Customers and workers marvel at her work ethic
Servers at the Greenwood Olive Garden know that if Hazel Thompson is behind them, they risk being trampled by the 85-year-old waitress if they don’t move at an adequate pace.
“We call her ‘Freight Train Hazel’ because if you get in her way, you will get run over,” laughed waitress Debbie Gosman. “She is as cute as a button and an inspiration to all of us. She is always so positive. She is always saying, ‘I’m just fine. If I were any better, there would have to be two of me.’ ”
A waitress for 37 years, the past 25 at the Olive Garden, Thompson previously worked at Lee’s Inn in Franklin for 12 years until it was sold.
“I love it here because there are a lot of great people to work with. Everybody is so helpful and friendly. I have made a lot of friends here, and I have a lot of regular customers.”
She started as a hostess and was trained as a waitress six months later.
“I care a lot about my customers. They always get good service,” said Thompson, who noted that her service and age result in some great tips. “I do good; I can’t complain.” She was once tipped $130 on a $33 bill and $100 on a $50 tab.
Thompson works four nights a week and said she feels comfortable waiting on up to 12 people at a time. She used to work double shifts – lunch and dinner on the same day. When asked if she preferred to wait on a table of men or women, men came out the winners. “Men are not as demanding, and they are not in as big of a hurry.”
The only preferential treatment given to Thompson is that her station is close to the kitchen so she doesn’t have to run all over the restaurant to deliver food. “And we don’t make her carry the real heavy trays,” said manager Greg Tuzzio, who’s been with the company 22 years and was training to become a manager when he met Thompson. Tuzzio later left to manage another store and returned to the Greenwood restaurant 2 1/2 years ago.
“I am always amazed with her service,” he said. “She can run circles around people three times as young as she is. Guests love her service. I have known her 19 years, and it has always been a pleasure. I was happy to see she was still here when I came back.”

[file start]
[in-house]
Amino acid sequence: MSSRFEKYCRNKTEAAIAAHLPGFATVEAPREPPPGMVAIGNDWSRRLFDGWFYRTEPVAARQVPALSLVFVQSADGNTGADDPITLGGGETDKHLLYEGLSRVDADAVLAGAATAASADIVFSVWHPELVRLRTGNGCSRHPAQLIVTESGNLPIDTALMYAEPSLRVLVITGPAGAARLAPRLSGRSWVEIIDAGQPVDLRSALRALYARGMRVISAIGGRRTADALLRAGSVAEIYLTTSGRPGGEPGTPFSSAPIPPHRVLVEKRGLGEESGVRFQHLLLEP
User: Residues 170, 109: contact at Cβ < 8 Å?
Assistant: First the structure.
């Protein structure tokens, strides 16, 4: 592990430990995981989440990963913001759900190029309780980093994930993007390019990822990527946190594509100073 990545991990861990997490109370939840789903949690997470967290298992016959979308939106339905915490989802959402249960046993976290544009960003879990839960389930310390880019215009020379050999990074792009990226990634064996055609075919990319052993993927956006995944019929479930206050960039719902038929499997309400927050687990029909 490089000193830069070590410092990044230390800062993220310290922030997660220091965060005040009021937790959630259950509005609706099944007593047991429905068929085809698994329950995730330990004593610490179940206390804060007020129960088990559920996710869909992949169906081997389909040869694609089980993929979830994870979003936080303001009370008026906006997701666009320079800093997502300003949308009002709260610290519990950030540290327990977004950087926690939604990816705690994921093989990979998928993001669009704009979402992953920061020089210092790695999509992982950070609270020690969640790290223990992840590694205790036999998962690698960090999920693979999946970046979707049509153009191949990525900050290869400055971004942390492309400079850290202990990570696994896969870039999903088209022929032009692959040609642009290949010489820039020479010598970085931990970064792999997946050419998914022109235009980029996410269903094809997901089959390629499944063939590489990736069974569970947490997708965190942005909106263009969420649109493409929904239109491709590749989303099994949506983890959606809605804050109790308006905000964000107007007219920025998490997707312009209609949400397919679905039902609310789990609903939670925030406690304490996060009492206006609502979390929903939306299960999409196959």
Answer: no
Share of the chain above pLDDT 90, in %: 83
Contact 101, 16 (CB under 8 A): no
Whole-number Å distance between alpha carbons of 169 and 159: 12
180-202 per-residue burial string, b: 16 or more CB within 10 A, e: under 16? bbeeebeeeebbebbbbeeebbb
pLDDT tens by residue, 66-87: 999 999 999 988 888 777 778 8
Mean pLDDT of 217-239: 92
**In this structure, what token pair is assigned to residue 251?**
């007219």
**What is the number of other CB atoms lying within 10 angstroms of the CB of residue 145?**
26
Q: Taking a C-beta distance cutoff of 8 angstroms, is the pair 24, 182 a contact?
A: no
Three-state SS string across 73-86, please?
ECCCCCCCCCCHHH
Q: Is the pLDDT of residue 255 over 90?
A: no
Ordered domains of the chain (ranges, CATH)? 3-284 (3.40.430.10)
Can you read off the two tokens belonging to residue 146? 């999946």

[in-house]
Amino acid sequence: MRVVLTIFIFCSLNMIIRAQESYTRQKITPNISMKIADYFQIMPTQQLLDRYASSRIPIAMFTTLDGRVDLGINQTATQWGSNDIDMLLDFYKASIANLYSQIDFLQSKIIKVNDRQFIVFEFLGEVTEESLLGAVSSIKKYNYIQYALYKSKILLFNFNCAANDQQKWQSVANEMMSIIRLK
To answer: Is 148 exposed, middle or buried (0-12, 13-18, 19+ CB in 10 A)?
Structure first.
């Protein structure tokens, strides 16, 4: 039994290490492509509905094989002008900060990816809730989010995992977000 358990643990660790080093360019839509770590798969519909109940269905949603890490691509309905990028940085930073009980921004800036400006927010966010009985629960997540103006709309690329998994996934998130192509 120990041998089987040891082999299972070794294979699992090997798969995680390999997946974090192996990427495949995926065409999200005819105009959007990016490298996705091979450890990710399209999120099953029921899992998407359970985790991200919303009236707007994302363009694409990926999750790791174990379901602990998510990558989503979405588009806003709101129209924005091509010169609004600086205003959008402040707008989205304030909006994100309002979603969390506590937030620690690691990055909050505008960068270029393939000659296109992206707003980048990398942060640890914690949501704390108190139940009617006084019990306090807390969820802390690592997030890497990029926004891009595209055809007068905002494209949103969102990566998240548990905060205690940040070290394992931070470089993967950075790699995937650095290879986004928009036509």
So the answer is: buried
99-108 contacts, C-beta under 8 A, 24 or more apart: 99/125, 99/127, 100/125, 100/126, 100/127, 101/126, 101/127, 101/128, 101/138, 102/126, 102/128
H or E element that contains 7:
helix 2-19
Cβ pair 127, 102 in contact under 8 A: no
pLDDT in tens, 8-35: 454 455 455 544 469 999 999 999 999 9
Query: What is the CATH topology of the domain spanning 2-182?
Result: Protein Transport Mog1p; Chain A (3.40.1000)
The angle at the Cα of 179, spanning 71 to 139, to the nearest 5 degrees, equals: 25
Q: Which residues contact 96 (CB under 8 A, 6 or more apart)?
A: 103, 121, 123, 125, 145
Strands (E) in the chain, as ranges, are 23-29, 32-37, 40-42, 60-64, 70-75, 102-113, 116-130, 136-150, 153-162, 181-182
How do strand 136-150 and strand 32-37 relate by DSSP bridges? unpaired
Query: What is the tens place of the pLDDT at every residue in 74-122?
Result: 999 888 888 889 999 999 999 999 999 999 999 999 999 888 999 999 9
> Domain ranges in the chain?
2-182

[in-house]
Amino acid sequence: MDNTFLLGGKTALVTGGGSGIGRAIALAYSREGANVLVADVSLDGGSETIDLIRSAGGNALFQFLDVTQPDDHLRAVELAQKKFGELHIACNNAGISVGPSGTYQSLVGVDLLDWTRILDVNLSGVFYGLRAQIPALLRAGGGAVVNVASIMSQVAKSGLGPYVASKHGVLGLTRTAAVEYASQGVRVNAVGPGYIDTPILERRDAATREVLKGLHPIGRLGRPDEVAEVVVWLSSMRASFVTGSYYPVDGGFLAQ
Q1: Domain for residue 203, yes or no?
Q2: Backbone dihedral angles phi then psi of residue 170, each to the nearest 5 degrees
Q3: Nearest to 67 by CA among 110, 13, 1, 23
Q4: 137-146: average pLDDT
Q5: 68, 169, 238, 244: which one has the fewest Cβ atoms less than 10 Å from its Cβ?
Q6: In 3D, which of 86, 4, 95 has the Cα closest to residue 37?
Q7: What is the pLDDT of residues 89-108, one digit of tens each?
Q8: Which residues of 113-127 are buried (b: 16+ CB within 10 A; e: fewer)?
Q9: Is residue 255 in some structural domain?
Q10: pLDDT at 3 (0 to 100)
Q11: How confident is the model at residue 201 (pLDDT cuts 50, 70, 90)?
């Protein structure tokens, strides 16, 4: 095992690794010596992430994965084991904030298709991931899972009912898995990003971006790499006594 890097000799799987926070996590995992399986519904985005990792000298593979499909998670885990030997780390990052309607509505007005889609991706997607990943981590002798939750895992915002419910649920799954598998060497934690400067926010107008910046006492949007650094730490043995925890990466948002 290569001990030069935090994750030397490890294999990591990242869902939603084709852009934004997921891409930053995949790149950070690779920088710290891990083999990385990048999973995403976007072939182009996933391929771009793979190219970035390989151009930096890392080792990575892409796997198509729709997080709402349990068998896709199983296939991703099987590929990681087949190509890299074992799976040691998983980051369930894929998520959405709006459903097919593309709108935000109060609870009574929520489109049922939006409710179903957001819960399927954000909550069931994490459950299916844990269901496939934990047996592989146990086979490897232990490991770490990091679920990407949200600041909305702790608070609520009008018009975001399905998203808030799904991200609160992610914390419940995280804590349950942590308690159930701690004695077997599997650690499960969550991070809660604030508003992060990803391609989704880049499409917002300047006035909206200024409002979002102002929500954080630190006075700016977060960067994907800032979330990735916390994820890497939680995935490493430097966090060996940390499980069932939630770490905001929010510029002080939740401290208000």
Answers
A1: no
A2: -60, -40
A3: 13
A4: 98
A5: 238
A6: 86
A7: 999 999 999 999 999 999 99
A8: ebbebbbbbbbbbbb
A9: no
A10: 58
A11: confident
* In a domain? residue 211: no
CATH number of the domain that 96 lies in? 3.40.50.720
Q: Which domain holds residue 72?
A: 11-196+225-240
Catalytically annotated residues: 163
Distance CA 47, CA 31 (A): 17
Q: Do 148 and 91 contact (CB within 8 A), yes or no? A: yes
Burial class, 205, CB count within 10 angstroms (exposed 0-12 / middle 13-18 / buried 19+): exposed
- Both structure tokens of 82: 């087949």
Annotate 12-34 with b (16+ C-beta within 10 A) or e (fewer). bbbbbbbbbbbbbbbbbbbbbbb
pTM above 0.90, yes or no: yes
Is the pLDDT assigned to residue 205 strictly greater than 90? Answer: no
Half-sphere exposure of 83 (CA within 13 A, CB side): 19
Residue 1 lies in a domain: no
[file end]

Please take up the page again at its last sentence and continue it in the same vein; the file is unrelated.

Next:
“I’m never tired at the end of a shift,” said Thompson. “I feel like I can always go for a couple of more hours at the end of a shift.”
Thompson said Tuzzio is a good manager because he is always willing to pitch in when help is needed. “If people want to see a manager, I get Greg because he is real good with people. And he’s so good-looking.
“Everybody is asking me when I’m going to retire. I say, ‘Have you ever seen a 100-year-old waitress? Well ... stick around here, and you might,’ ” she laughed.
If a guest isn’t sure what to order, Thompson recommends the Chicken & Shrimp Carbonara or the spaghetti and meatballs. “They are both delicious,” she emphasized, as is the Zuppa Toscana, a “fabulous” spicy soup whose ingredients include sausage, potatoes, bacon and crushed red peppers.
And while Thompson enjoys her work, she does it in part because she needs the money. She lives with her daughter, Angie, in Greenwood.
In her pre-waitressing years, Thompson worked her tail end off on farms in Freemont, Mich., and New Palestine. She and her late husband, Robert Thompson, operated dairy and hog farms. “I drove a tractor, milked cows, plowed and ran the combine. It was hard work.”
The couple were blessed with three children, five grandchildren and six great-children. She attended Manual High School but had to drop out as a sophomore to work at Hook’s Drug Store because her father was ill.
An avid roller skater until she was in her 60s, Thompson likes to play bingo and computer games and take walks.
She also likes the new atmosphere at the Olive Garden, which has been remodeled and features upscale dining at reasonable prices. It’s clean, and customers love the new appearance, said Thompson, who plans on providing her customary stellar service for years to come.